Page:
Thursday, August 9, 2018

Find the right shoes for Back to School!

Now that it's time to go back to school, most parents are getting new shoes for their kids. It's very important for you to choose the right fitting shoe for your child, as well as the right shoe for your child's orthotics.

Orthotics do not work without something to give it contact with the dynamic foot.  That is where the shoe comes into play.  With footwear, the orthotic becomes an extension of the foot (or at minimum a bridge between the foot and shoe). With that all being said, are shoes an important consideration when wearing orthotics?  Absolutely.

The Importance of Fit

The first thing to remember is that a shoe is only as good as the fit.  A $200 shoe that fits poorly has less value than a $40 shoe that fits properly.  You will benefit from having an expert select and fit your shoes.

Find a retailer that has a good selection of shoes, and has associates who are skilled at fitting and have a history of customer satisfaction.  It is best to find a retailer who has a certified pedorthist on staff or someone who has a good understanding of pedorthic concepts.  Once you have an idea of which retailers might meet your requirements, ask these questions.  Does the sales staff know their stuff?  Do they measure feet?  Are they listening to you? 

The Basics of the Fitting Process

One concept to remember is that shoe size is not foot size.  A person who has a size 9 foot may wear a size 9 shoe – or a size 10 – depending on the brand. Even within a brand you can find that different models can have fit characteristics.  The starting point in shoe selection and fitting is to be professionally measured with the Brannock Device.  This foot measuring apparatus measures the heel-to-toe length of the foot, the heel-to-ball and the linear width.  Using the Brannock Device not only indicates the foot size but helps to visually show foot expansion between non-weight bearing and weight bearing state.  It is also a great tool for help quantify a size difference between the two feet.

Shoe selection is very important and the general goal is to match the foot shape to a corresponding shoe shape.  If the foot is shaped like a loaf of bread, then look for a straight-lasted shoe.  If the foot is shaped like a banana, then look for a curved-lasted shoe.  An important consideration is the orthotic itself, as they will affect the effective shape of the foot.  As most orthotics tend to be more straight and full, often the best shoe options are those that are also straight and full.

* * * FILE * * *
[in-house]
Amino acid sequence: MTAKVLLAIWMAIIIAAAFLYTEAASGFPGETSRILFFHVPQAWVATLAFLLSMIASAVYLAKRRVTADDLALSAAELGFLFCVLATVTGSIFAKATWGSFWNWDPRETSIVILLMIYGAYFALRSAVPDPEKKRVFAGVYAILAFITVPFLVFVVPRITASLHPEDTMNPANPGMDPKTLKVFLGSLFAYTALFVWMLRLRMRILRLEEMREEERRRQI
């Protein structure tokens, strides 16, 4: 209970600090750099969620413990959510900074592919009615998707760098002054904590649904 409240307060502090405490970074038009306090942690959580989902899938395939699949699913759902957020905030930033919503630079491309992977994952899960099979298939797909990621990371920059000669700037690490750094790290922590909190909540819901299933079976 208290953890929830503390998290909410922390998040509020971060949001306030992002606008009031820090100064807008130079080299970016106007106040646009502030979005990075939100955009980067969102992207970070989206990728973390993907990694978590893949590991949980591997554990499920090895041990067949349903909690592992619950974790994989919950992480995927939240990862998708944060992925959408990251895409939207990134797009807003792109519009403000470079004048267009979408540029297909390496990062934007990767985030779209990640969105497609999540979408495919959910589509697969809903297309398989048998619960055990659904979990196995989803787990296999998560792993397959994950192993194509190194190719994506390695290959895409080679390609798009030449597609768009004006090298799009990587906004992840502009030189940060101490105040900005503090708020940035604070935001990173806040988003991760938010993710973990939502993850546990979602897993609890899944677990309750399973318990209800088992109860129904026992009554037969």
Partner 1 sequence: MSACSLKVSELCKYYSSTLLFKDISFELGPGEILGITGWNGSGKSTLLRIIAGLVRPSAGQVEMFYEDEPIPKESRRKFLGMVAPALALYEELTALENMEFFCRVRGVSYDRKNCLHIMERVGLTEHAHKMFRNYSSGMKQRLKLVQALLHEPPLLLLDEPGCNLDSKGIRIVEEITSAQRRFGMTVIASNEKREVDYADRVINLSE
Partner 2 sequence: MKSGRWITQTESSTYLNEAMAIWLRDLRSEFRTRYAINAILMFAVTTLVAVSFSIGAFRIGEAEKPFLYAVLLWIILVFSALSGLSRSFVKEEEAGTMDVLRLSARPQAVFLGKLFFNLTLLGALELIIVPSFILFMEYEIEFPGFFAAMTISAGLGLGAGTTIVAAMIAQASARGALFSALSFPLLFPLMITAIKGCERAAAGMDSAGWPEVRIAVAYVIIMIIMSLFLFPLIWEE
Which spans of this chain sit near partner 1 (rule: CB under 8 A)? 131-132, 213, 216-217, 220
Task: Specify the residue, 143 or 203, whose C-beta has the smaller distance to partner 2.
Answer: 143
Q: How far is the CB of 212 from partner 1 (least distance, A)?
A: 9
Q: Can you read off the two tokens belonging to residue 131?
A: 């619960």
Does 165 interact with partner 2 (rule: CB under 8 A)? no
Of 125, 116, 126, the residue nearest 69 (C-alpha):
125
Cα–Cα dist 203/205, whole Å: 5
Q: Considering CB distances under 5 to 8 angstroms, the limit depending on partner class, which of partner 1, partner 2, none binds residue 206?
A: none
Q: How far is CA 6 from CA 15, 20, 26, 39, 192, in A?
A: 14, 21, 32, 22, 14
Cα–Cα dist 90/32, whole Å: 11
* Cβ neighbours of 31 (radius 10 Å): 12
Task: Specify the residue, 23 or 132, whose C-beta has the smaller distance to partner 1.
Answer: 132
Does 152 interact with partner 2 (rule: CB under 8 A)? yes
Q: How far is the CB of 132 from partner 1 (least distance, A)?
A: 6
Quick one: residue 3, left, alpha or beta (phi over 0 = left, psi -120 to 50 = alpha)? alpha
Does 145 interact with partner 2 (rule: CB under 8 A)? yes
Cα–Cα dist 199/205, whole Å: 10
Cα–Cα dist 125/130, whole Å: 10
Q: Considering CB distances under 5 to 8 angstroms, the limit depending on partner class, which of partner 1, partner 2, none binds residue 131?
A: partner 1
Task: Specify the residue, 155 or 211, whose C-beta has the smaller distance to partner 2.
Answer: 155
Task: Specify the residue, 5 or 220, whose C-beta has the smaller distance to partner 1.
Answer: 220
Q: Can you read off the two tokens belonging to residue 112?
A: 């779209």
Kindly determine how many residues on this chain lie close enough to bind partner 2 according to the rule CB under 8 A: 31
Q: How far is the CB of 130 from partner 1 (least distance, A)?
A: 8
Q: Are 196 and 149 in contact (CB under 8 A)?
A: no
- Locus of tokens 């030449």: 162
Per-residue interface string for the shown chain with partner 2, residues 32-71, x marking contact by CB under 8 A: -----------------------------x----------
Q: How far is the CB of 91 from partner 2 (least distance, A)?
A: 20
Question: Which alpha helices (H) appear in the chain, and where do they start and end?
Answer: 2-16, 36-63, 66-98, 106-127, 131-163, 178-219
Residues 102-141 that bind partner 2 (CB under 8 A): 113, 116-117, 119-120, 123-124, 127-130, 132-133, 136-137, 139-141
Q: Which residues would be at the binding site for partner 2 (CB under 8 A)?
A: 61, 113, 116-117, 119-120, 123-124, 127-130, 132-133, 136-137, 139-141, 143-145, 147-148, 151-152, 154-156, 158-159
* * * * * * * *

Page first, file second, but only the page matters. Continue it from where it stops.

When fitting the shoe, the professional should try and fit the widest part of the foot into the widest part of the shoe.  If that is achieved then the shoe will flex naturally along with the foot, enabling a more fluid gait and causing less irritation.  Beyond last shape and ball-of-foot placement, having adequate space at the end of the shoe is important.  In general, having at least 3/8th of an inch of space at the end of the longest toe (which may not be the great toe).

Shoe Selection is Critical

Before buying shoes, it is best to assess your expectations.  Orthotics will not fit into all shoes.  In fact, they will fit into a minority of shoes found in a typical shoe store.  The shoe will need to tie, Velcro or otherwise be secured around the foot.  In addition, the shoe needs to have enough internal volume to accommodate the orthotic. Remember that any given shoe model might not be the best fit option for every person.  In addition, depending on your activity level, the shoe you need may not a running shoe.  A full-waisted walking shoe may be the perfect shoe or perhaps a casual oxford.  Instead of looking for specific styles of shoes, look for specific features.

Follow Up

Don’t be afraid to ask for a return visit so you can have your retailer check how the shoe fits and how it accommodates the orthotic.  It may take a little time for the orthotic to seat firmly into the shoe and start to feel comfortable. If you have any pain, you should go back to your retailer immediately to have them check that they have chosen the correct shoe for your foot type and your orthotics.
Information courtesy of Lamey Wellehan Shoes    Maine’s Shoe Store since 1914

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